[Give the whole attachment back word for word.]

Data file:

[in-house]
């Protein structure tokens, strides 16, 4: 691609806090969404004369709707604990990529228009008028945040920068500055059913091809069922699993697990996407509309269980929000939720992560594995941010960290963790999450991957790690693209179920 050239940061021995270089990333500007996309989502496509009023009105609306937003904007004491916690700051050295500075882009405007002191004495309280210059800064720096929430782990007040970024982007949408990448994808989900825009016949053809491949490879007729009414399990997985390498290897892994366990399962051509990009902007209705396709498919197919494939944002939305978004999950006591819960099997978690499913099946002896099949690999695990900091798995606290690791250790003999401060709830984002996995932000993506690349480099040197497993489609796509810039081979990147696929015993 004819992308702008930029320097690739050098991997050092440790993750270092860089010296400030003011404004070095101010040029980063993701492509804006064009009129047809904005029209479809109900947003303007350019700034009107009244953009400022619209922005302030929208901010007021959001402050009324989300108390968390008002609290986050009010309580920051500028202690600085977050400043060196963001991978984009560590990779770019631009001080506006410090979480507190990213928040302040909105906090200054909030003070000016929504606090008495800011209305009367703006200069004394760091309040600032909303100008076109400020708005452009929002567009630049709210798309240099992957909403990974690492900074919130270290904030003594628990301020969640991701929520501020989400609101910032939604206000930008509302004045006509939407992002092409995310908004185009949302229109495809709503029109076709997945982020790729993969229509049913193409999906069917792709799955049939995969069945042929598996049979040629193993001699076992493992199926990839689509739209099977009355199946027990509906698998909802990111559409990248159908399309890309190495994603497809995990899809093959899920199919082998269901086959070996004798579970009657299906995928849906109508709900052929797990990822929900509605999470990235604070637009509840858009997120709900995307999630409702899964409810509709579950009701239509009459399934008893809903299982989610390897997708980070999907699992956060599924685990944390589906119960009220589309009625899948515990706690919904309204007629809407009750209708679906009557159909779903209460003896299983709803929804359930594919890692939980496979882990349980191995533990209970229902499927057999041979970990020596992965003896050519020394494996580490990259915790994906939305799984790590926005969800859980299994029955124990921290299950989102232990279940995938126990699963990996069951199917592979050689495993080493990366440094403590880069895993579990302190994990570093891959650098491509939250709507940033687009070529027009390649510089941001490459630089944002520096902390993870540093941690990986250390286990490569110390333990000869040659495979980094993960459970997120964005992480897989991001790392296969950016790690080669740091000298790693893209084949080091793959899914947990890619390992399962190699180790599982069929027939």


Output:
[in-house]
């Protein structure tokens, strides 16, 4: 691609806090969404004369709707604990990529228009008028945040920068500055059913091809069922699993697990996407509309269980929000939720992560594995941010960290963790999450991957790690693209179920 050239940061021995270089990333500007996309989502496509009023009105609306937003904007004491916690700051050295500075882009405007002191004495309280210059800064720096929430782990007040970024982007949408990448994808989900825009016949053809491949490879007729009414399990997985390498290897892994366990399962051509990009902007209705396709498919197919494939944002939305978004999950006591819960099997978690499913099946002896099949690999695990900091798995606290690791250790003999401060709830984002996995932000993506690349480099040197497993489609796509810039081979990147696929015993 004819992308702008930029320097690739050098991997050092440790993750270092860089010296400030003011404004070095101010040029980063993701492509804006064009009129047809904005029209479809109900947003303007350019700034009107009244953009400022619209922005302030929208901010007021959001402050009324989300108390968390008002609290986050009010309580920051500028202690600085977050400043060196963001991978984009560590990779770019631009001080506006410090979480507190990213928040302040909105906090200054909030003070000016929504606090008495800011209305009367703006200069004394760091309040600032909303100008076109400020708005452009929002567009630049709210798309240099992957909403990974690492900074919130270290904030003594628990301020969640991701929520501020989400609101910032939604206000930008509302004045006509939407992002092409995310908004185009949302229109495809709503029109076709997945982020790729993969229509049913193409999906069917792709799955049939995969069945042929598996049979040629193993001699076992493992199926990839689509739209099977009355199946027990509906698998909802990111559409990248159908399309890309190495994603497809995990899809093959899920199919082998269901086959070996004798579970009657299906995928849906109508709900052929797990990822929900509605999470990235604070637009509840858009997120709900995307999630409702899964409810509709579950009701239509009459399934008893809903299982989610390897997708980070999907699992956060599924685990944390589906119960009220589309009625899948515990706690919904309204007629809407009750209708679906009557159909779903209460003896299983709803929804359930594919890692939980496979882990349980191995533990209970229902499927057999041979970990020596992965003896050519020394494996580490990259915790994906939305799984790590926005969800859980299994029955124990921290299950989102232990279940995938126990699963990996069951199917592979050689495993080493990366440094403590880069895993579990302190994990570093891959650098491509939250709507940033687009070529027009390649510089941001490459630089944002520096902390993870540093941690990986250390286990490569110390333990000869040659495979980094993960459970997120964005992480897989991001790392296969950016790690080669740091000298790693893209084949080091793959899914947990890619390992399962190699180790599982069929027939």